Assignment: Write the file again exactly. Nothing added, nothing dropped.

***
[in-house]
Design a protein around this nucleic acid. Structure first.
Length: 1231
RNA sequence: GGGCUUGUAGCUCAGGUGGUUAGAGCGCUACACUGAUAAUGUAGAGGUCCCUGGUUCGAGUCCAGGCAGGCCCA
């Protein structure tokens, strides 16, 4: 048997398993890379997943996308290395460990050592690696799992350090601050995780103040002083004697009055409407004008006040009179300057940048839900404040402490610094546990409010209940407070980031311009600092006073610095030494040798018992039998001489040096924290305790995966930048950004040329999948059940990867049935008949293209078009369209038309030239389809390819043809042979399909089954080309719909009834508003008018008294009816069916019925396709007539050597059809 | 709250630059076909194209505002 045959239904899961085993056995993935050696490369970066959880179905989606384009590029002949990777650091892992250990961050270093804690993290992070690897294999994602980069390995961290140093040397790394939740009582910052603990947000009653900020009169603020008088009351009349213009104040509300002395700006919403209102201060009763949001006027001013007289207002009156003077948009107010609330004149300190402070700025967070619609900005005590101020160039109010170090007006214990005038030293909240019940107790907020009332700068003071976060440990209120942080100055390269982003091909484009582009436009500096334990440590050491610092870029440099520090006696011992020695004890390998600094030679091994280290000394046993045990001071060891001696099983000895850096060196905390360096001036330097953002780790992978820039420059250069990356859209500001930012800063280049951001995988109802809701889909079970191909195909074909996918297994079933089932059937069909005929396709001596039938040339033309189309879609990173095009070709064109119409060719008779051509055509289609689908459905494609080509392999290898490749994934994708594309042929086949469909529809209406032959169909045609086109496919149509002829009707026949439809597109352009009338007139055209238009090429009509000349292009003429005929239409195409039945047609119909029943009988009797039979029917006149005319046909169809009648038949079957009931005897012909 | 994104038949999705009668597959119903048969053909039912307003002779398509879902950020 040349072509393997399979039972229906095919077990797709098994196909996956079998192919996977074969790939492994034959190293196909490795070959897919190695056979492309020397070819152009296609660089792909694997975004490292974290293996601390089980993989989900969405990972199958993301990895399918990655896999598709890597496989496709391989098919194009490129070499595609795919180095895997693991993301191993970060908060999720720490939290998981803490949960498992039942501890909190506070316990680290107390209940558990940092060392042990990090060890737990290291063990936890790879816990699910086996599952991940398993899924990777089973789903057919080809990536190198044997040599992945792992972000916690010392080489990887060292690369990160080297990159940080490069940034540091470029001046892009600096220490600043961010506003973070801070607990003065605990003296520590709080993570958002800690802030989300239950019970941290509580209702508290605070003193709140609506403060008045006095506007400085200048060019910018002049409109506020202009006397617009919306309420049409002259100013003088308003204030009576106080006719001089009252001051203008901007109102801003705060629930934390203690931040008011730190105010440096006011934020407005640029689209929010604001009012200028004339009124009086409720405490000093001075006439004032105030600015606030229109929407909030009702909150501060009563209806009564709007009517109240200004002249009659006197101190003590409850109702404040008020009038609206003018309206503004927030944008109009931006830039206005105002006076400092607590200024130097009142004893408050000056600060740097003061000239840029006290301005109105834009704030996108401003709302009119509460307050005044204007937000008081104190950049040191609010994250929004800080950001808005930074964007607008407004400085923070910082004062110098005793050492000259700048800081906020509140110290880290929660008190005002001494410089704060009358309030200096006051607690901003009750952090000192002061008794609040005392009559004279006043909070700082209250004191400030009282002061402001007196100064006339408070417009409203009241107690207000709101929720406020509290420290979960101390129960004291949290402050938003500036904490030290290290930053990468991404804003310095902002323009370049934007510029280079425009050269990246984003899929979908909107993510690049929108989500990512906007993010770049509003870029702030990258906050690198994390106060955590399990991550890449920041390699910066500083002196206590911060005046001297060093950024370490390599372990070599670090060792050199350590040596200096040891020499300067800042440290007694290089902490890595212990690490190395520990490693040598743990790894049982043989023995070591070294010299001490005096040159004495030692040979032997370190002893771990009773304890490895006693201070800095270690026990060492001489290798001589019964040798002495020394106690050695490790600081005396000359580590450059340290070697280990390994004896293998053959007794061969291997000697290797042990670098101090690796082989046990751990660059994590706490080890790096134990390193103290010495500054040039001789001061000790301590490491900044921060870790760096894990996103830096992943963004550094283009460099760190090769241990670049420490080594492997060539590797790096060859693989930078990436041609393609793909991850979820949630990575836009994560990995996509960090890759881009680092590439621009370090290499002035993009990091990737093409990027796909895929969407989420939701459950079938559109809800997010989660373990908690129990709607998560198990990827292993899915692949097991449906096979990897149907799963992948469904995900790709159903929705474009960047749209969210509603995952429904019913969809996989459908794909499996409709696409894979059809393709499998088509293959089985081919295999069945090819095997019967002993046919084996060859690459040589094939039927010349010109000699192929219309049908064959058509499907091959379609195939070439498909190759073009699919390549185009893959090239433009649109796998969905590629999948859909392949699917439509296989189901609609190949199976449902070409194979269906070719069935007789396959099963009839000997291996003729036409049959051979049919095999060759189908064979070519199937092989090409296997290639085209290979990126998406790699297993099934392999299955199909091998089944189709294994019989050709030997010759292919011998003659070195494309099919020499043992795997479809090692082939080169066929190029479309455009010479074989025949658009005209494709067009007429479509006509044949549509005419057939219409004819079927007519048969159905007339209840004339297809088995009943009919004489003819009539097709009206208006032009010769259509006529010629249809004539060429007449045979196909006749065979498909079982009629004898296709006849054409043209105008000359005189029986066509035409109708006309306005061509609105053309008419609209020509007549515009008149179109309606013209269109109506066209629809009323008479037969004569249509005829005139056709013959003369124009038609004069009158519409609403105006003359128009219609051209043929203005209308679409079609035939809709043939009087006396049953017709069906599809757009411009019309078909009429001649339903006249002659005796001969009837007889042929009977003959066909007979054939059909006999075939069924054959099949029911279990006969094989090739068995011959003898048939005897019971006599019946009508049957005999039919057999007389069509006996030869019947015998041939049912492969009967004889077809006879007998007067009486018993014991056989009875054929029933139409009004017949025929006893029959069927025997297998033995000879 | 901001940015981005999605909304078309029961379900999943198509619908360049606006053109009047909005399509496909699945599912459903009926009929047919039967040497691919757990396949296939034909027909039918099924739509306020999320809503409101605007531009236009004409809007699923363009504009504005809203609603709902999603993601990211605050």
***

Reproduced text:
[in-house]
Design a protein around this nucleic acid. Structure first.
Length: 1231
RNA sequence: GGGCUUGUAGCUCAGGUGGUUAGAGCGCUACACUGAUAAUGUAGAGGUCCCUGGUUCGAGUCCAGGCAGGCCCA
């Protein structure tokens, strides 16, 4: 048997398993890379997943996308290395460990050592690696799992350090601050995780103040002083004697009055409407004008006040009179300057940048839900404040402490610094546990409010209940407070980031311009600092006073610095030494040798018992039998001489040096924290305790995966930048950004040329999948059940990867049935008949293209078009369209038309030239389809390819043809042979399909089954080309719909009834508003008018008294009816069916019925396709007539050597059809 | 709250630059076909194209505002 045959239904899961085993056995993935050696490369970066959880179905989606384009590029002949990777650091892992250990961050270093804690993290992070690897294999994602980069390995961290140093040397790394939740009582910052603990947000009653900020009169603020008088009351009349213009104040509300002395700006919403209102201060009763949001006027001013007289207002009156003077948009107010609330004149300190402070700025967070619609900005005590101020160039109010170090007006214990005038030293909240019940107790907020009332700068003071976060440990209120942080100055390269982003091909484009582009436009500096334990440590050491610092870029440099520090006696011992020695004890390998600094030679091994280290000394046993045990001071060891001696099983000895850096060196905390360096001036330097953002780790992978820039420059250069990356859209500001930012800063280049951001995988109802809701889909079970191909195909074909996918297994079933089932059937069909005929396709001596039938040339033309189309879609990173095009070709064109119409060719008779051509055509289609689908459905494609080509392999290898490749994934994708594309042929086949469909529809209406032959169909045609086109496919149509002829009707026949439809597109352009009338007139055209238009090429009509000349292009003429005929239409195409039945047609119909029943009988009797039979029917006149005319046909169809009648038949079957009931005897012909 | 994104038949999705009668597959119903048969053909039912307003002779398509879902950020 040349072509393997399979039972229906095919077990797709098994196909996956079998192919996977074969790939492994034959190293196909490795070959897919190695056979492309020397070819152009296609660089792909694997975004490292974290293996601390089980993989989900969405990972199958993301990895399918990655896999598709890597496989496709391989098919194009490129070499595609795919180095895997693991993301191993970060908060999720720490939290998981803490949960498992039942501890909190506070316990680290107390209940558990940092060392042990990090060890737990290291063990936890790879816990699910086996599952991940398993899924990777089973789903057919080809990536190198044997040599992945792992972000916690010392080489990887060292690369990160080297990159940080490069940034540091470029001046892009600096220490600043961010506003973070801070607990003065605990003296520590709080993570958002800690802030989300239950019970941290509580209702508290605070003193709140609506403060008045006095506007400085200048060019910018002049409109506020202009006397617009919306309420049409002259100013003088308003204030009576106080006719001089009252001051203008901007109102801003705060629930934390203690931040008011730190105010440096006011934020407005640029689209929010604001009012200028004339009124009086409720405490000093001075006439004032105030600015606030229109929407909030009702909150501060009563209806009564709007009517109240200004002249009659006197101190003590409850109702404040008020009038609206003018309206503004927030944008109009931006830039206005105002006076400092607590200024130097009142004893408050000056600060740097003061000239840029006290301005109105834009704030996108401003709302009119509460307050005044204007937000008081104190950049040191609010994250929004800080950001808005930074964007607008407004400085923070910082004062110098005793050492000259700048800081906020509140110290880290929660008190005002001494410089704060009358309030200096006051607690901003009750952090000192002061008794609040005392009559004279006043909070700082209250004191400030009282002061402001007196100064006339408070417009409203009241107690207000709101929720406020509290420290979960101390129960004291949290402050938003500036904490030290290290930053990468991404804003310095902002323009370049934007510029280079425009050269990246984003899929979908909107993510690049929108989500990512906007993010770049509003870029702030990258906050690198994390106060955590399990991550890449920041390699910066500083002196206590911060005046001297060093950024370490390599372990070599670090060792050199350590040596200096040891020499300067800042440290007694290089902490890595212990690490190395520990490693040598743990790894049982043989023995070591070294010299001490005096040159004495030692040979032997370190002893771990009773304890490895006693201070800095270690026990060492001489290798001589019964040798002495020394106690050695490790600081005396000359580590450059340290070697280990390994004896293998053959007794061969291997000697290797042990670098101090690796082989046990751990660059994590706490080890790096134990390193103290010495500054040039001789001061000790301590490491900044921060870790760096894990996103830096992943963004550094283009460099760190090769241990670049420490080594492997060539590797790096060859693989930078990436041609393609793909991850979820949630990575836009994560990995996509960090890759881009680092590439621009370090290499002035993009990091990737093409990027796909895929969407989420939701459950079938559109809800997010989660373990908690129990709607998560198990990827292993899915692949097991449906096979990897149907799963992948469904995900790709159903929705474009960047749209969210509603995952429904019913969809996989459908794909499996409709696409894979059809393709499998088509293959089985081919295999069945090819095997019967002993046919084996060859690459040589094939039927010349010109000699192929219309049908064959058509499907091959379609195939070439498909190759073009699919390549185009893959090239433009649109796998969905590629999948859909392949699917439509296989189901609609190949199976449902070409194979269906070719069935007789396959099963009839000997291996003729036409049959051979049919095999060759189908064979070519199937092989090409296997290639085209290979990126998406790699297993099934392999299955199909091998089944189709294994019989050709030997010759292919011998003659070195494309099919020499043992795997479809090692082939080169066929190029479309455009010479074989025949658009005209494709067009007429479509006509044949549509005419057939219409004819079927007519048969159905007339209840004339297809088995009943009919004489003819009539097709009206208006032009010769259509006529010629249809004539060429007449045979196909006749065979498909079982009629004898296709006849054409043209105008000359005189029986066509035409109708006309306005061509609105053309008419609209020509007549515009008149179109309606013209269109109506066209629809009323008479037969004569249509005829005139056709013959003369124009038609004069009158519409609403105006003359128009219609051209043929203005209308679409079609035939809709043939009087006396049953017709069906599809757009411009019309078909009429001649339903006249002659005796001969009837007889042929009977003959066909007979054939059909006999075939069924054959099949029911279990006969094989090739068995011959003898048939005897019971006599019946009508049957005999039919057999007389069509006996030869019947015998041939049912492969009967004889077809006879007998007067009486018993014991056989009875054929029933139409009004017949025929006893029959069927025997297998033995000879 | 901001940015981005999605909304078309029961379900999943198509619908360049606006053109009047909005399509496909699945599912459903009926009929047919039967040497691919757990396949296939034909027909039918099924739509306020999320809503409101605007531009236009004409809007699923363009504009504005809203609603709902999603993601990211605050």